I have an opportunity to buy a 96 ultra rmk with a rack, cover, 2000 miles on it, and really clean for $2100. It looks like a garage queen! Do you think this is a good deal? How does it do in the powder and the mountains? Thanks for the info!
Well yeah it should do good in deep snow and pipes will totally make that motor rock if there is a good clutch job and jet job done on it.im not very found of the Rocky Mountian Kings myself (RMK) too me i only see them for use in the deep deep snow of the mountains for for use on ski hills or avalanch victim recovery thats just my own opinion tho
My wife said its Her or the sleds........ I'm sure gonna miss her
Thanks for the information! I looked at another 96 ultra RMK that only has 1000 miles on her, which is in good condition too. But he wants 2700 for her and does not have the original parts. My gut is telling me that there something is not right about this sled, since the guy spent over 1500 on her but wants to sell her for only 1200 dollar profit? Hmmm, something is fishy in these murky waters!
I do live in the mountains so it sounds like a good sled to get started with and what brand of pipes would you recommend?
Personally I would try to find a 700 RMK or else settle for an XLT. I had a buddy who had a 96 Ultra. It got around good, but the motor was a little doggy for the size and he had problems with the pipe cracking and brakes failing. I think he got these fixed under warranty though.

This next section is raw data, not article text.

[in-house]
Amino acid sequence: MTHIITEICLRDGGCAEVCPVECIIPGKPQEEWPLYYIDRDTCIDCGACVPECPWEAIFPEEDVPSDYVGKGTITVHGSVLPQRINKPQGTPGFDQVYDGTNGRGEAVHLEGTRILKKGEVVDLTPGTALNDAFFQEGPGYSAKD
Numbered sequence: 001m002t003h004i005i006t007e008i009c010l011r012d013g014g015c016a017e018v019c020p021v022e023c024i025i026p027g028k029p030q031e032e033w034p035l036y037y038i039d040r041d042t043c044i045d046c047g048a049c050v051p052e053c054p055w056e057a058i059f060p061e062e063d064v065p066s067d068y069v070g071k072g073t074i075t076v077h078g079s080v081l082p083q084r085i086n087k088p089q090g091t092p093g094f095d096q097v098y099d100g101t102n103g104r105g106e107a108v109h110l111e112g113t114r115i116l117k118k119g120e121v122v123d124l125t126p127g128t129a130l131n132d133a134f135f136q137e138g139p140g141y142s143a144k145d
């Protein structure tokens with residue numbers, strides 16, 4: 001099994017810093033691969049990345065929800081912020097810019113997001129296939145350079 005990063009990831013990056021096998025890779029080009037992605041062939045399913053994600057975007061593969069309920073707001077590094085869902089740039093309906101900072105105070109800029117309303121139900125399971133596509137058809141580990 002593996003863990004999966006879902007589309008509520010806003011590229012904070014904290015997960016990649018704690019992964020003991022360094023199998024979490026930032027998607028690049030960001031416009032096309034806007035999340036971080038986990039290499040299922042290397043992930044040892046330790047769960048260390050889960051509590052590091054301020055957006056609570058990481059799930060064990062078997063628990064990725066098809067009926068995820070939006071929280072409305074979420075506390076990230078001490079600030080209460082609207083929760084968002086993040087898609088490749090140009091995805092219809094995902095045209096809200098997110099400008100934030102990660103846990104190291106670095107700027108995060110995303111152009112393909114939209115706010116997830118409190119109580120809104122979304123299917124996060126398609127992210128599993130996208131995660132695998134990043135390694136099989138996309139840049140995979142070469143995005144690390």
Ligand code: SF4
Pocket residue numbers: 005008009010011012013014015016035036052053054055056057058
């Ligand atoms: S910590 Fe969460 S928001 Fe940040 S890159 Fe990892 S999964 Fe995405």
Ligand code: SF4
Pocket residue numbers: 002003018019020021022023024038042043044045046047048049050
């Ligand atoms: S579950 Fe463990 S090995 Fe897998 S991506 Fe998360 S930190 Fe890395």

A stock '96 Ultra is a pig. A modified Ultra, properly piped, clutched and geared is scary fast. Getting from pig to cheetah is not easy, simple or cheap. Once you get it dialed in for serious arm yanking, the motor runs hot, but go up in altitude and you fight jetting quickly... then you gotta put the fat ones BACK IN on the way down, or you get to visit the piston doctor.
Unless you already know your stuff about clutching/gearing and jetting, I would recommend the RMK 700 or 800. Even before they started putting the altitude compensator in the 700, that was a very altitude forgiving and powerful motor. The new ones are just plain bad to the bone. I'm a Ski-Doo guy and will still respect those 7-800 Polaris machines.
Add up the total cost of the machine. A $3300 used machine that you don't have to work on may be much cheaper than a $2000 machine that requires $1,000 in tune parts and two years of dialing in... trust me, it takes a long time to dial a machine in.
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